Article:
The geographer Strabo (1st Century BC) gave us one of the most complete descriptions of the area comprised between the Strait of Gibraltar and Cape St. Vincent. However, it was Avieno in his Ora Maritima, written in the 4th century AD and ultimately based on a commercial circuit of the 6th century BC, who provided the oldest known description of this region.
Avieno describes this finisterra as the region of the Cynetes, referring to Cape St. Vincent as Cabo Cinético. Facing it, there was a promontory known as Sacro (Holy Promontory). Both were places of worship and home gods, devoted to Saturn.
Due to their natural characteristics, the Sagres and Saint Vincent promontories were an ideal place for the home and worship of this god. It is believed that prior to this roman cult there were other rites and deities associated with this place, such as the Punic god Baal Hammon, which was later associated to the Latin god Saturn Through a relatively common process of syncretism. Thus, very likely, the Sacro Promontory and the present day Cape St. Vincent housed an open air temple or sanctuary, as the cult was practiced outdoors. Furthermore, some authors believed that the cult of Hercules (also related to the Carthaginian god Melkart) was also relevant in this place since, according to the mythology, he had remained for a long time in the outer regions of the Ecumene – the known inhabited world at that time.
Considered, ever since Antiquity, a sacred place of worship, this area’s religious nature may date back to the Neolithic period, given its clear relation with the menhirs of Vila do Bispo and Raposeira, also linked to cult practices and the rituals of space. In fact, the toponym Sagres probably derives from the distortion of the Latin designation Promontorium Sacrum.
A place of memory and worship, the Sagres Promontory and Cape St. Vincent still maintain this religious feature till this day, in a constant dialectic relationship between myth, cult and reality.
The state of preservation lighthouse and the efforts that have been taken to conserve it. This may include alternative uses.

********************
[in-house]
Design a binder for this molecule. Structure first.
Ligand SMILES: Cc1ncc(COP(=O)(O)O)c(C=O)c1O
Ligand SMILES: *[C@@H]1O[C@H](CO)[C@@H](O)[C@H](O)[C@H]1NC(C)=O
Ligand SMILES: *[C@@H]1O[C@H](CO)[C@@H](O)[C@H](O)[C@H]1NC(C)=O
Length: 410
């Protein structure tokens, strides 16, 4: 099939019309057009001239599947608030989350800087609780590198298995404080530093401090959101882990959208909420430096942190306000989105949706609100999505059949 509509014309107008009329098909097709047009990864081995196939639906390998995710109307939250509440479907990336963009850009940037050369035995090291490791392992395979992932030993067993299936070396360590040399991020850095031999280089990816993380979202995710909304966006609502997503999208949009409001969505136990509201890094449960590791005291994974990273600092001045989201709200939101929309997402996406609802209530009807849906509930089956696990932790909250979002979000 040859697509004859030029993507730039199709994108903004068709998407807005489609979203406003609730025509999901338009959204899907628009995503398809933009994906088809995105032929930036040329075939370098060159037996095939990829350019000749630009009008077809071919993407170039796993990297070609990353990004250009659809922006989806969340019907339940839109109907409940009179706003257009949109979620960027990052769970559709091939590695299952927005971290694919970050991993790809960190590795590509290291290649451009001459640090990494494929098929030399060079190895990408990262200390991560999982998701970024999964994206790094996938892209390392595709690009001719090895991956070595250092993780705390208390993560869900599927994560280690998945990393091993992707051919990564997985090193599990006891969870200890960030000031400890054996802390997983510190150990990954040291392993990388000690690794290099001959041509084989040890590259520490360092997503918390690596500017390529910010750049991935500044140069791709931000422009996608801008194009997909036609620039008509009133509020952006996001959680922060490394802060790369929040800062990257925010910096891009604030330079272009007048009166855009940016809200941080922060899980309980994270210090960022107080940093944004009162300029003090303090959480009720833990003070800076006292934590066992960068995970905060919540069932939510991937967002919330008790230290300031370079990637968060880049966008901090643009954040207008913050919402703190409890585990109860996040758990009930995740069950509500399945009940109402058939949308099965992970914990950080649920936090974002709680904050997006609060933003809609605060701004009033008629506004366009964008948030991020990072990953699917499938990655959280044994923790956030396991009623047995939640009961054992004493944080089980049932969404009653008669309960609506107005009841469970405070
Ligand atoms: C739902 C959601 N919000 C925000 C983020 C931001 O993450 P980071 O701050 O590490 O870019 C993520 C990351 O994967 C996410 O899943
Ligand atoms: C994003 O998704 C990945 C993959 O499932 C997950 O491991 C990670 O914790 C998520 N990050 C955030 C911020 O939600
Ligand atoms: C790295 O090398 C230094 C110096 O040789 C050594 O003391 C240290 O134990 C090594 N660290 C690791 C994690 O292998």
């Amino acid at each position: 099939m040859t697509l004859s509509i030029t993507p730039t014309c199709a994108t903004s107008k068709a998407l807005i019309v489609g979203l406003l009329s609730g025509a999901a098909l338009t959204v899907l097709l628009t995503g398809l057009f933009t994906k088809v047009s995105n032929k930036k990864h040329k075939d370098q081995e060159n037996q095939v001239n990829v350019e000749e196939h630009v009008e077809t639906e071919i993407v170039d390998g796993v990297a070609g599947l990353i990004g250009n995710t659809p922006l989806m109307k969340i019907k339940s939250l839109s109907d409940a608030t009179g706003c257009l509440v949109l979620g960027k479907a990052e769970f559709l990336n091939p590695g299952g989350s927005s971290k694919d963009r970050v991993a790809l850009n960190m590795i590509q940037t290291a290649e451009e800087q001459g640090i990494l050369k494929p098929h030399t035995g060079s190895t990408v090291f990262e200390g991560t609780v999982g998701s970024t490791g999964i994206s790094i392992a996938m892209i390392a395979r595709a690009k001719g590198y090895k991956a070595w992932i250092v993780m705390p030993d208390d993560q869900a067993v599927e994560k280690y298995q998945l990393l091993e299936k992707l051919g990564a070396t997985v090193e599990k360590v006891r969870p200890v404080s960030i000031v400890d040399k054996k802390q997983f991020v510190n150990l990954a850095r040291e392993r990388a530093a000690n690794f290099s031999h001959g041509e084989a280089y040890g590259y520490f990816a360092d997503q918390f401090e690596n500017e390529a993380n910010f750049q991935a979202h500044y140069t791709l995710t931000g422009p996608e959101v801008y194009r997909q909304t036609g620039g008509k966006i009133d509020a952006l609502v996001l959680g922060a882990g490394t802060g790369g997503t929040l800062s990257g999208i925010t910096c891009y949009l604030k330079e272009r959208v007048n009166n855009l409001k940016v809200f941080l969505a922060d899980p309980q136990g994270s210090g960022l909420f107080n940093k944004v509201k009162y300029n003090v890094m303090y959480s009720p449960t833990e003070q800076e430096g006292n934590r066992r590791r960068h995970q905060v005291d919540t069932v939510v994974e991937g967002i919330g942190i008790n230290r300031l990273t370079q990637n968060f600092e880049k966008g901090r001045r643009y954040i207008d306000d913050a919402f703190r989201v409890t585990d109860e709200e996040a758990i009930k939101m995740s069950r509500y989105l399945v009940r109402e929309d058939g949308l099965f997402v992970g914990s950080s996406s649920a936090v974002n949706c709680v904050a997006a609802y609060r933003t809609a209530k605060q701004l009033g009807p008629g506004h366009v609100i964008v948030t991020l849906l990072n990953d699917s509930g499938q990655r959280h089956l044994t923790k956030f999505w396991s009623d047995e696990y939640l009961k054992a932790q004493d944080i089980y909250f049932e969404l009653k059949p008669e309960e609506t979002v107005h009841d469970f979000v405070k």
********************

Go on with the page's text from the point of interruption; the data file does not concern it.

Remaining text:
Since the construction of the first tower, large efforts were made to maintain the Lighthouse history and also in use, although all the constraints already mentioned. Over the years the number of lighthouse keepers who lived in the lighthouse grew. However, with electrification and automatisms installed, currently the Lighthouse has only four lighthouse keepers and their families living there permanently, and awarded part of the space to serve as coffee and souvenir shops.
With regard to its current state, it needs some conservation works, namely, repairs on the tower and a museum reconstruction, which has the purpose to make known, not only the evolutionary chronology of the lighthouses, but also the history of the Cabo de São Vicente Lighthouse and of the Maritime Discoveries of the 15th and 16th centuries.
The Portuguese Lighthouse Authority is also currently developing a project to recover some decayed buildings, currently not used by the keepers, with the goal of improving the services provided, such as offering, school-age youth and disadvantaged children, with a sleeping space, outdoor activities, Algarve lighthouses visits and maritime knowledge.
Public Access and Education
The efforts that have been made to facilitate public access to the lighthouse and/or to educate the public about the heritage of the nominated lighthouse as well as the wider context of aids to navigation.
The Cabo de São Vicente Lighthouse, located in most southwestern tip of Europe, is an icon on Algarve tourism. The lighthouse and its museum are open to public every day, and the tower is open every Wednesday’s afternoon, without booking. It is estimate that the number of annual visitors to the lighthouse, and surrounding spaces is more than two hundred thousand people, Last year’s records show that the number of visits to the museum was close to 14900 and to the tower was 1768 (from January to September).
The theme of the museum aims to make the evolutionary chronology of the lighthouses history known, as well as the history of the Cabo de São Vicente Lighthouse and of the Maritime Discoveries of the 15th and 16th centuries.